Looks like one could run Task Force (TF) D up the diagonal road (from east to north) at the start of the game just behind TF A also. The road has a tree line along it to offer cover and one would avoid some of the rough terrain east of the road by doing so.

Just suggesting...
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  #16  
Old December 6th, 2012, 03:00 PM

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In the beginning of the battle, as the forces A, B, C and D advanced towards their targets, Puma armoured scout vehicles started to appear and after about five minutes, they had all been destroyed. After that force D ended up in tank to tank combat against a mixed unit of Panther G and PzIVH tanks, resulting in 8 destroyed tanks for the loss of a single IS-II. Minutes later a few more PzIVH tanks appeared in the north sector and tracked a T-5g before finally being knocked out. Now however, the north sector was under Soviet control and all the flags were captured, with the infantry fanning out to defend them and all the IS-II tanks except four staying behind to help them defend them and the T-6a heading south to help out at the south flag group, where a strong German’ force not only had captured all the flags but also managed to knock out both IS-II tanks and track the T-44, that now relied on the mass of infantry being able to hold it’s positions and protect it. The four T-34/85 tanks, knowing that they stood no chance against the Panther G tanks, had headed north towards the centre flag, to take part in the defence there instead.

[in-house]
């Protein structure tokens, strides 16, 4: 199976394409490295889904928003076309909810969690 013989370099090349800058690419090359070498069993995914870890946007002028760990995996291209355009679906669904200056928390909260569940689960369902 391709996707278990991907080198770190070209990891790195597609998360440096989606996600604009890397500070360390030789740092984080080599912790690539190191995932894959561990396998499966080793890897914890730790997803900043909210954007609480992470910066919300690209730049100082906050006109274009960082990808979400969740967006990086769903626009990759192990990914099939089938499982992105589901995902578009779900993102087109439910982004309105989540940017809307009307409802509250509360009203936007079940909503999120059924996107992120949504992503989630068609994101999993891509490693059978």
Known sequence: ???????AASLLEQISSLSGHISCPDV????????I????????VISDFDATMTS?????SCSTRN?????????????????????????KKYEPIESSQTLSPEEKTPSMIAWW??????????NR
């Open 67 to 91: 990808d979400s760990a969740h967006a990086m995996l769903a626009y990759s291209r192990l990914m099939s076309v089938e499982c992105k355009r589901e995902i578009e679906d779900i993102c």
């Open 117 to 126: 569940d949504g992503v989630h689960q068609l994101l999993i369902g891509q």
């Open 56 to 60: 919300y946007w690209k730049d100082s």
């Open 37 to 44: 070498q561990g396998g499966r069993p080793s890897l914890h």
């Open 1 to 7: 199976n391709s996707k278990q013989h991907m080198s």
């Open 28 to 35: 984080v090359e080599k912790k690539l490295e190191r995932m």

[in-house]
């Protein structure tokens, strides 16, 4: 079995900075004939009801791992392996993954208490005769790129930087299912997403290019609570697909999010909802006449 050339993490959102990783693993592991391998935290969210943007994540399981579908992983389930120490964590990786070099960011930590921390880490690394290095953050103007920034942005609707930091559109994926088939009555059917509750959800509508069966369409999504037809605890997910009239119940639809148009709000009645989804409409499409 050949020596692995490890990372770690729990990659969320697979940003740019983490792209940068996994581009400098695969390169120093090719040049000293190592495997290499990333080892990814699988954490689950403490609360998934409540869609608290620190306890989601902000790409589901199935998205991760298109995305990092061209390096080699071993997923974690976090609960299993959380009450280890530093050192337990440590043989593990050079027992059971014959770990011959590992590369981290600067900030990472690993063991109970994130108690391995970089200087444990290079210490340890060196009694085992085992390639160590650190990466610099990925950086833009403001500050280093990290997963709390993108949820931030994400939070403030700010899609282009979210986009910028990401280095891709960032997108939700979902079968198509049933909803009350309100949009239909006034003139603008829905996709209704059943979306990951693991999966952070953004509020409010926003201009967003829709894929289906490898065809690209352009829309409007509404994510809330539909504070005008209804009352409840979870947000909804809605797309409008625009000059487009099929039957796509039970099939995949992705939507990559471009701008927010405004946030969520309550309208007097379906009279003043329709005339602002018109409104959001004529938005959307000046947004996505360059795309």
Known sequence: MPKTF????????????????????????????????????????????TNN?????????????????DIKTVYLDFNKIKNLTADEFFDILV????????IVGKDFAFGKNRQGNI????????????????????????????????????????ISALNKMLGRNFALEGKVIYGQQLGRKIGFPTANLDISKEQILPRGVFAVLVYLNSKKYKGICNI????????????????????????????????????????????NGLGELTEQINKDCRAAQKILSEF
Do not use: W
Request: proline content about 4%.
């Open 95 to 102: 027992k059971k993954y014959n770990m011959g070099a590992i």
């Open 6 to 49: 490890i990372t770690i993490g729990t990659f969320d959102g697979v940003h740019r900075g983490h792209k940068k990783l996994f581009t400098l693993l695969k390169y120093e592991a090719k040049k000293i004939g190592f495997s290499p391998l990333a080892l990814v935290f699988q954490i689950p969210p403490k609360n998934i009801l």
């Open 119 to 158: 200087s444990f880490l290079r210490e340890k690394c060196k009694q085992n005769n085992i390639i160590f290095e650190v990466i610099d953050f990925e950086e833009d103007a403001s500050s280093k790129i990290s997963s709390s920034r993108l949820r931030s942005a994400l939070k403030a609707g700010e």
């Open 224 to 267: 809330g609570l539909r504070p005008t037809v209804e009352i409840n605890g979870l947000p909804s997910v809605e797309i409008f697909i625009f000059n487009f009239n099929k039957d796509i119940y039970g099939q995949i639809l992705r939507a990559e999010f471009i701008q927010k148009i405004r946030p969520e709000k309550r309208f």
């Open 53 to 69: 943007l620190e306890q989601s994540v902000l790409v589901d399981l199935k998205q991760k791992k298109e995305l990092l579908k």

The four other IS-II tanks continued towards the rear area of the German’ lines and arrived just in time to stop an armoured assault by a large number of PzIVH tanks heading towards the centre flag group, which had just been captured for the loss of a T-5g, with the crew surviving. They managed to destroy all the enemy tanks for the loss of a IS-II and then continued further south, to deal with the German’ mortars, which had been spotted.



The T-6a arrived in the south flag area but was also knocked out by the German’ tanks, the experienced crew with 10 confirmed kills being killed. Thus, with both the north and centre flag groups in Soviet’ hands, all of the mobile support units - the ISU-122 and SU-85M tank destroyers - headed southwest to help out in defending the captured territory and try to capture the south flag group.



It was only after very hard fighting that the south flag group slowly but surely began to come under Soviet’ control. First the five Panther G tanks were destroyed and then the remaining German’ tanks fell under artillery fire. Some of them tried to re-capture the centre flag group, knocking out a SU-85M, the crew surviving, but it failed. A second attempt made by a strong force of Panther G tanks also failed, after a trap had been set by the Soviet’ tanks and tank destroyers. A final attempt to re-capture the flags also failed, although it resulted in the destruction of a IS-II tank. Finally, after further fighting, the superior mass of Soviet’ infantry moved in to capture the south flag group, thus ending the battle. The few infantry groups remaining couldn’t do much about it and the fire support was reduced in half, thanks to a second mortar unit being abandoned. It was good planning and a large portion of luck that decided this battle, had force D been to the north, chances were that the German’ forces would have been able to perform a pincer move and made it more difficult to re-capture them.